This small volume (published in 1956) was a record of the look and feel of the City of Johannesburg in the 1950s. There are more than 60 marvellous black and white photographs of Johannesburg sights, scenes and people. Joburg was still dominated by mine activities in the fifties and the presence of the familiar fine sand mine dumps was a dominant feature on the horizon.
The book was produced by the talented couple, photographer Ezra Eliovson and his wife Sima, the horticulturalist and author of many standard texts on South African flora. It was meant to be a souvenir of the city.
The haunting photographs remind one how much has changed in Johannesburg in 60 years but much is still recognizable. Escom house was imploded and the Colosseum is no more but the Anglican Cathedral is still there. St John’s college and the Central Block of Wits still stand as solid educational edifices.
Escom House from above
The pace of life was slower in those days, and one of the pleasures of this souvenir of Johannesburg in the fifties are the scenes with people... the awe struck migrant workers arriving in town, the weekend mine dancers, the stock brokers on the trading floor of the Stock Exchange, 4 o’clock tea in a city department store with a mannequin moving between the tables. You had the choice of sports... rugby at Ellis Park, genteel bowls at the Wanderers and leisurely golf at the Parkview golf course and for the children elephant rides in the Joburg Zoo.
Interior of the Johannesburg Stock Exchange
The corner newspaper vendor, a uniformed white traffic cop directing cars outside the Rissik Street post office, the mealie vendors with their brazier on the street, the Indian flower seller outside the tram terminus near the City Hall, the audience watching the geisha girl in a performance of “the teahouse of the August Moon” at the Brian Brooke theatre. You might have heard a street musician playing a Chopi piano.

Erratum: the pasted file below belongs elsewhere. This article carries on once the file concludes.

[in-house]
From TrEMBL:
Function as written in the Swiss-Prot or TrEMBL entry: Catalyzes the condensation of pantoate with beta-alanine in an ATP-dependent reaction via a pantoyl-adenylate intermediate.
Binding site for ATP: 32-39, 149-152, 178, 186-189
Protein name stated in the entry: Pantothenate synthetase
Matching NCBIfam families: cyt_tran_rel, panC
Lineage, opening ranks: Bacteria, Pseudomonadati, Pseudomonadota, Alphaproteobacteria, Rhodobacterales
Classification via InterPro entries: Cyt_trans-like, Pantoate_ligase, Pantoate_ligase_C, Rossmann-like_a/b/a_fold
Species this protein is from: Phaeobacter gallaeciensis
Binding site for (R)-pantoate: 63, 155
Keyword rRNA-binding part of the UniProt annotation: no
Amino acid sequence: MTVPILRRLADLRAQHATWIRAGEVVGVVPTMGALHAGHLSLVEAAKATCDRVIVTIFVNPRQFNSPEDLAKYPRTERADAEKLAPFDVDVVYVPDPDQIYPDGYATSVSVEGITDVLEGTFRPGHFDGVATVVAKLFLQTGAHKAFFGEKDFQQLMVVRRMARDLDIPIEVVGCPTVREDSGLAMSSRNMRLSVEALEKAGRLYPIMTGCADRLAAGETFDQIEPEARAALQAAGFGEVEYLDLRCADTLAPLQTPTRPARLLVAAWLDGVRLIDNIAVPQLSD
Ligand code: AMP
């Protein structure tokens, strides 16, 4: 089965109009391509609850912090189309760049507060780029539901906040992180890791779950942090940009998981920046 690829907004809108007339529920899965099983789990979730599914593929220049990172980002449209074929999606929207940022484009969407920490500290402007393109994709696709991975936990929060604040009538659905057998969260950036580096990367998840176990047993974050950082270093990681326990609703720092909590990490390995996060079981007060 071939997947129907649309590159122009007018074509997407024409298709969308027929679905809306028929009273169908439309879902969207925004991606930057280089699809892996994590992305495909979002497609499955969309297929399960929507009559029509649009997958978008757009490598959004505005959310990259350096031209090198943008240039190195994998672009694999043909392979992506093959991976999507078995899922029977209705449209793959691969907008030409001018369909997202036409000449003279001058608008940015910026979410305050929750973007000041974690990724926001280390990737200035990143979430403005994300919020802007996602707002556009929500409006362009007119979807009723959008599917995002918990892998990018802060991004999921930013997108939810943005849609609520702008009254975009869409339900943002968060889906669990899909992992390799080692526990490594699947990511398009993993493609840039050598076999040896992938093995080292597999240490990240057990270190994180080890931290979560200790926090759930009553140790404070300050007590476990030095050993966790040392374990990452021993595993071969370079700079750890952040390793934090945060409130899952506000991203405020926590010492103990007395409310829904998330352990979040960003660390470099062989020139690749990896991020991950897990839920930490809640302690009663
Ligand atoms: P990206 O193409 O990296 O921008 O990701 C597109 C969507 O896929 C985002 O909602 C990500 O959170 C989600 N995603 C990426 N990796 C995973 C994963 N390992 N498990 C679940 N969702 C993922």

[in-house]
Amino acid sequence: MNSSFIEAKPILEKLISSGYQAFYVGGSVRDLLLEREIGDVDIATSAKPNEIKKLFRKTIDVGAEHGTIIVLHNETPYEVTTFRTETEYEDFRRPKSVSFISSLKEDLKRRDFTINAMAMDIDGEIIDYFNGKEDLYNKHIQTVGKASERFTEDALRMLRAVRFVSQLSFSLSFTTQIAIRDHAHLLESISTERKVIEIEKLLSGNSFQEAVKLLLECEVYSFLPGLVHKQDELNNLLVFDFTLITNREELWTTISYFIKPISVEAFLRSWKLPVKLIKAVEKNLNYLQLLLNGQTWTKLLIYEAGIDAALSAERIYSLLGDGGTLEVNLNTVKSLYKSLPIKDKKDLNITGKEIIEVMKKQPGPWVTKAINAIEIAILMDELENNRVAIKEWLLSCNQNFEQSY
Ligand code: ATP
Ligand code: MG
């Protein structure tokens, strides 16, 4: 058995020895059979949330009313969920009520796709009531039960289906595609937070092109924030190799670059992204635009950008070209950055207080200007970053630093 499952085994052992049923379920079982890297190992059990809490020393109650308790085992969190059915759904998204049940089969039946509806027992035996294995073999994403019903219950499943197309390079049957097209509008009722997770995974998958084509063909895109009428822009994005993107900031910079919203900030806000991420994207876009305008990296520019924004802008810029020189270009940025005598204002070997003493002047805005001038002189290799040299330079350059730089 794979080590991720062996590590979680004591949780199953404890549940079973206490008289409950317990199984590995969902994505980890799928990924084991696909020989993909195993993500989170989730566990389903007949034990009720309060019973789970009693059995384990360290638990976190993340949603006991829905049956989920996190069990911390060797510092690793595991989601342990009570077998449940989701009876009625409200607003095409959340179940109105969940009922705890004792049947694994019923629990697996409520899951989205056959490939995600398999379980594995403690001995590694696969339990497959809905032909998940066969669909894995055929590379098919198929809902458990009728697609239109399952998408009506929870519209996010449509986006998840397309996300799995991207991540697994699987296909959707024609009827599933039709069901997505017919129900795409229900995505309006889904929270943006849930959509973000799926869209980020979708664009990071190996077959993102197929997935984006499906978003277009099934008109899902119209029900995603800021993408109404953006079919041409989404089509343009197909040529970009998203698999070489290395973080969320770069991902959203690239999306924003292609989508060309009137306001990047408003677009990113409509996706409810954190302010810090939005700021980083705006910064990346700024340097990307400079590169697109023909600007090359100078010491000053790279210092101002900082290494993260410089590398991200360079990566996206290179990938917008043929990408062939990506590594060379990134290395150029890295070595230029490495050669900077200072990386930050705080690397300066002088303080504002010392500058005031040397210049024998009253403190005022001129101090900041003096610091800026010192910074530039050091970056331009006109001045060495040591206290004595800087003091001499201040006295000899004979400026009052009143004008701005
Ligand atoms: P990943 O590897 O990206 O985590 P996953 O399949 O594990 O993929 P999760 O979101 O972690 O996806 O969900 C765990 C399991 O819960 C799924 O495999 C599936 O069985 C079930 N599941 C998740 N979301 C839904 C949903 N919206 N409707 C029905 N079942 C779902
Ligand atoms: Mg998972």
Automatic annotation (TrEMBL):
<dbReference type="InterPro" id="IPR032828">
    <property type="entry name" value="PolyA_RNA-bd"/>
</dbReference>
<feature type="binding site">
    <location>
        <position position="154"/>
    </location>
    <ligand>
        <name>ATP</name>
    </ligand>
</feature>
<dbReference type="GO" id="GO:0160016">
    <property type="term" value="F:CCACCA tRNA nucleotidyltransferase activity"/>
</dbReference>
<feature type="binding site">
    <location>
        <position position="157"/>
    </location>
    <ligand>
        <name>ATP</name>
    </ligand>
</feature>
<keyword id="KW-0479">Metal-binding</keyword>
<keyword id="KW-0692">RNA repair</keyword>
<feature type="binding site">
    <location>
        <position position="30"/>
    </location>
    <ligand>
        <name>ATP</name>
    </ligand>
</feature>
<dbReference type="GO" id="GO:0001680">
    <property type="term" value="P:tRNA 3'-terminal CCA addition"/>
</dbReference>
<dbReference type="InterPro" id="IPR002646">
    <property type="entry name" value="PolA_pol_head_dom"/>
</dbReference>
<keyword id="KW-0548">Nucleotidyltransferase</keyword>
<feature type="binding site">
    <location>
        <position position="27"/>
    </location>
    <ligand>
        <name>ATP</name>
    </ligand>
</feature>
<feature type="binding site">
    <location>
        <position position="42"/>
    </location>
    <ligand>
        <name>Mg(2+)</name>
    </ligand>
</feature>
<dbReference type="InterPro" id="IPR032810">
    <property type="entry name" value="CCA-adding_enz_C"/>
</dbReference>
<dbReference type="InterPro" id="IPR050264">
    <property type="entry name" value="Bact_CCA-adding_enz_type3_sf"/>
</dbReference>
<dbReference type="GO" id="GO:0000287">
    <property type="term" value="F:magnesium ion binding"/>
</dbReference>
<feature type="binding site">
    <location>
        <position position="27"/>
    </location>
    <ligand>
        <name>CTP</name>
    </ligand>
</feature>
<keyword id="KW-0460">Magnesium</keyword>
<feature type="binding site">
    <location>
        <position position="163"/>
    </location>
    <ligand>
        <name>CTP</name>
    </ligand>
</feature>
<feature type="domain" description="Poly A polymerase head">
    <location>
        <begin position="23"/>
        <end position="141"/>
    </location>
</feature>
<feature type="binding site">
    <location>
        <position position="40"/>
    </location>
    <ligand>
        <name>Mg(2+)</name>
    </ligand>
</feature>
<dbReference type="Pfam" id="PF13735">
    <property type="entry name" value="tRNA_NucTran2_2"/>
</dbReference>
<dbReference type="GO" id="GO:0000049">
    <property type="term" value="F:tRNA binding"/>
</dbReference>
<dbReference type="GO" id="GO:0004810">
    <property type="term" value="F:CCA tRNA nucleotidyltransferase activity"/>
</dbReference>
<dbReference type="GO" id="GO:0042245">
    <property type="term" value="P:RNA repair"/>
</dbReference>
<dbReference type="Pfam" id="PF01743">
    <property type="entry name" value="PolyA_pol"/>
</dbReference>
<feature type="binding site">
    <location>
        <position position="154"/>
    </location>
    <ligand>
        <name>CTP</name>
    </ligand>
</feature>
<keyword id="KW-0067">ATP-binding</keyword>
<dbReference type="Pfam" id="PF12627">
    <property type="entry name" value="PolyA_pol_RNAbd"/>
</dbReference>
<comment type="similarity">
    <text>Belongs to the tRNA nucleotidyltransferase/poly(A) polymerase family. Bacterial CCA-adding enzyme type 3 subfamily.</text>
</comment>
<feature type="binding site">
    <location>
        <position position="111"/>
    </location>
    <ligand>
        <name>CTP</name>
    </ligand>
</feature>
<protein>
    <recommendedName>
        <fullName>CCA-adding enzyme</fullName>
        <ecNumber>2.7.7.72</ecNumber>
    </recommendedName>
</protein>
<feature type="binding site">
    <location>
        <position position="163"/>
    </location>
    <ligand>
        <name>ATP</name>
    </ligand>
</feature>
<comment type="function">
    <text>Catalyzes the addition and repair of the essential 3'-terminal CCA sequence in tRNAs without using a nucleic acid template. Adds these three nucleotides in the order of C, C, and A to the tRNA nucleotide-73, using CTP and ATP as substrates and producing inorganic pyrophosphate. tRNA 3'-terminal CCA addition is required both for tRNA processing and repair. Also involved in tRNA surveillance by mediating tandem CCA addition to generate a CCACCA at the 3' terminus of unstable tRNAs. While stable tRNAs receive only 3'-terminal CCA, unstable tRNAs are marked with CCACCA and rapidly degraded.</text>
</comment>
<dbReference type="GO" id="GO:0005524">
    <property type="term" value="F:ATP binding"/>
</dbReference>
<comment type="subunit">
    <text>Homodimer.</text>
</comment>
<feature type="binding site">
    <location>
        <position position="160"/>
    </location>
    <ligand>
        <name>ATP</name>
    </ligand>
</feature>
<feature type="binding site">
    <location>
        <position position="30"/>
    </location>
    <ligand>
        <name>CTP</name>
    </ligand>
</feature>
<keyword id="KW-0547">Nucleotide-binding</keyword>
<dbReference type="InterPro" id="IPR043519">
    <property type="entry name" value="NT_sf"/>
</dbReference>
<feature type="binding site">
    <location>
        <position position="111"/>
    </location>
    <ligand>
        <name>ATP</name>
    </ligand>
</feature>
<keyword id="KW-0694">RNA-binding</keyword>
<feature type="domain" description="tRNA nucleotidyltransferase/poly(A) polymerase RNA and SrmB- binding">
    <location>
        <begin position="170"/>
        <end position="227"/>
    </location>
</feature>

It was a time when the Johannesburg Public Library was the “hub of culture” and various societies held their monthly meetings in the lecture rooms (I learnt public speaking at the Arnold Smith Public speaking union meetings in the library. Buying curry ingredients at a Diagonal Street shop, perhaps enjoying a meal at the Little Swallow restaurant in Commissioner Street’s Chinatown, dropping by for a “kaffir beer” at the Mai-Mai market, the then new Queen Elizabeth bridge with hardly any traffic, the Newtown produce auction, the trams on Market Street, Ndebele women with a stall on a pavement selling beadwork to white uniformed nurses. It was a time when the modern blocks of flats of Hillbrow were admired as filling “one of the Empire’s most densely populated areas”.
The Johannesburg Public Library
What about some Saturday excitement backing your favourite to win at the Turfontein Race course. The crowds flocked to the Gallo stand at the Rand Easter Show, with long playing vinyl records decorating their exhibition. Modernity in the fifties was the new Johannesburg Station off the Rissik Street bridge, taking a wide bellied Pan American flight or boarding a South African Airways flight to London (and you refuelled on route).
In the fifties Ciro’s was the night club for the sophisticated set and if you went to an early or a late show on Commissioner Street you would find a hot-dog man with his pie cart. The Zoo Lake, the Wilds, the Zoo and Joubert Park were all places for white south African’s to relax. Black South Africans in the fifties led separate lives in other places such as jazz in Sophiatown or simply eeking out an existence on city streets.
You could catch a show in the theatre district on Commissioner Street
These are evocative enduring moments making this book worth acquiring for a Johannesburg collection. It is a social commentary of a different kind and for me brought back memories of my childhood in Johannesburg. It is a book that parallels Dennis Herson’s gem I remember King Kong (the Boxer).
2017 Price Guide: Out of print but you may find a copy at an erratic price online (from under R100 to well over R250)
Kathy Munro is an Honorary Associate Professor in the School of Architecture and Planning at the University of the Witwatersrand. She enjoyed a long career as an academic and in management at Wits University. She trained as an economic historian. She is an enthusiastic book person and has built her own somewhat eclectic book collection over 40 years. Her interests cover Africana, Johannesburg history, history, art history, travel, business and banking histories. She researches and writes on historical architecture and heritage matters. She is a member of the Board of the Johannesburg Heritage Foundation and is a docent at the Wits Arts Museum. She is currently working on a couple of projects on Johannesburg architects and is researching South African architects, war cemeteries and memorials. Kathy is a member of the online book community the Library thing and recommends this cataloging website and worldwide network as a book lover's haven.